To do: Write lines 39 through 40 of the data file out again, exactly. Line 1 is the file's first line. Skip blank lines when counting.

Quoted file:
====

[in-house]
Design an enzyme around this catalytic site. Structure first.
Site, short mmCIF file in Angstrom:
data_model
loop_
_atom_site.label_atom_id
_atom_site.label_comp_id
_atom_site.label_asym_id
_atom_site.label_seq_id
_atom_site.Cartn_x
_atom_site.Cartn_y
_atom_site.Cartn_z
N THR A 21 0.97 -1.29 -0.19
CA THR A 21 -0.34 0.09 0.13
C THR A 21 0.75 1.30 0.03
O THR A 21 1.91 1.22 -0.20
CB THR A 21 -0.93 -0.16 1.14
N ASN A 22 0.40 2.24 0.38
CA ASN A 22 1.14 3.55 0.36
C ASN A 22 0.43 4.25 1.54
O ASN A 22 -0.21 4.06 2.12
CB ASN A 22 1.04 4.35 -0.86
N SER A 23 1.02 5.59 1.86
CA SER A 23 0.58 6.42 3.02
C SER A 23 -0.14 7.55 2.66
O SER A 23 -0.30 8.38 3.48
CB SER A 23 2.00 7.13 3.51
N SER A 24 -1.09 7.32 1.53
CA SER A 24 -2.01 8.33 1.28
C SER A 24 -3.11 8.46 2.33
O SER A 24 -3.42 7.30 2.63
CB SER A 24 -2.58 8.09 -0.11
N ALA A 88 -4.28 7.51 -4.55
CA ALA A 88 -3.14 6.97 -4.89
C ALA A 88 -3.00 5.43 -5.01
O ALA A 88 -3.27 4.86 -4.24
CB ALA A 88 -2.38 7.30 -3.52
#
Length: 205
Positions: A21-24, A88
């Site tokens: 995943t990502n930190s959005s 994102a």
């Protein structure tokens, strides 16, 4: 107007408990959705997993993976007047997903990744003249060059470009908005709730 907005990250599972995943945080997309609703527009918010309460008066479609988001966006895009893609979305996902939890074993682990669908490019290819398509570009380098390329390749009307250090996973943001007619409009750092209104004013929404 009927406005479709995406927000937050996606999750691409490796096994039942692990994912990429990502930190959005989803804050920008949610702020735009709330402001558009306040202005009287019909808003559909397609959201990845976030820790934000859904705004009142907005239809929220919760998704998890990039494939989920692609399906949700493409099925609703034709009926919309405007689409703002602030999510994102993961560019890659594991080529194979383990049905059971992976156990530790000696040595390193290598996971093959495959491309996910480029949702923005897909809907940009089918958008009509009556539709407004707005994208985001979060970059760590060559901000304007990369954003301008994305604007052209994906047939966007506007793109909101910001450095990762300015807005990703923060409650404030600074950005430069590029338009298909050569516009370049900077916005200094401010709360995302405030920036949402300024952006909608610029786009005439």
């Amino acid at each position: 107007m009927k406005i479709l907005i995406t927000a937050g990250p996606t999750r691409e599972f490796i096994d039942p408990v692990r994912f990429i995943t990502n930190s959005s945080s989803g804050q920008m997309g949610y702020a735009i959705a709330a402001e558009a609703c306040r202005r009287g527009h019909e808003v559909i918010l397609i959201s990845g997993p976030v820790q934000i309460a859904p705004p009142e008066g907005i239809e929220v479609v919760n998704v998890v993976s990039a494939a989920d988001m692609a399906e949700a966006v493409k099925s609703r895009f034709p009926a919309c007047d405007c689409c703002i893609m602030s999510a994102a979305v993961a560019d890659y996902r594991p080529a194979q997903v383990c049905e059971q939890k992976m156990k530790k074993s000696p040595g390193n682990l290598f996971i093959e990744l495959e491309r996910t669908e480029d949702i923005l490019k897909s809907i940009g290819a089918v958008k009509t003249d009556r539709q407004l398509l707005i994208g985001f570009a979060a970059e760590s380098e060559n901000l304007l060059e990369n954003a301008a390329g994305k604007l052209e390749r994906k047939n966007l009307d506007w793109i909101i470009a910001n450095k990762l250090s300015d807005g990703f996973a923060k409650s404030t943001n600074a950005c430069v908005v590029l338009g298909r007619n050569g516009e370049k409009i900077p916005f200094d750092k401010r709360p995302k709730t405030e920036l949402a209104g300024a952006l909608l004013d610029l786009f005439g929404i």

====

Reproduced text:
Length: 205
Positions: A21-24, A88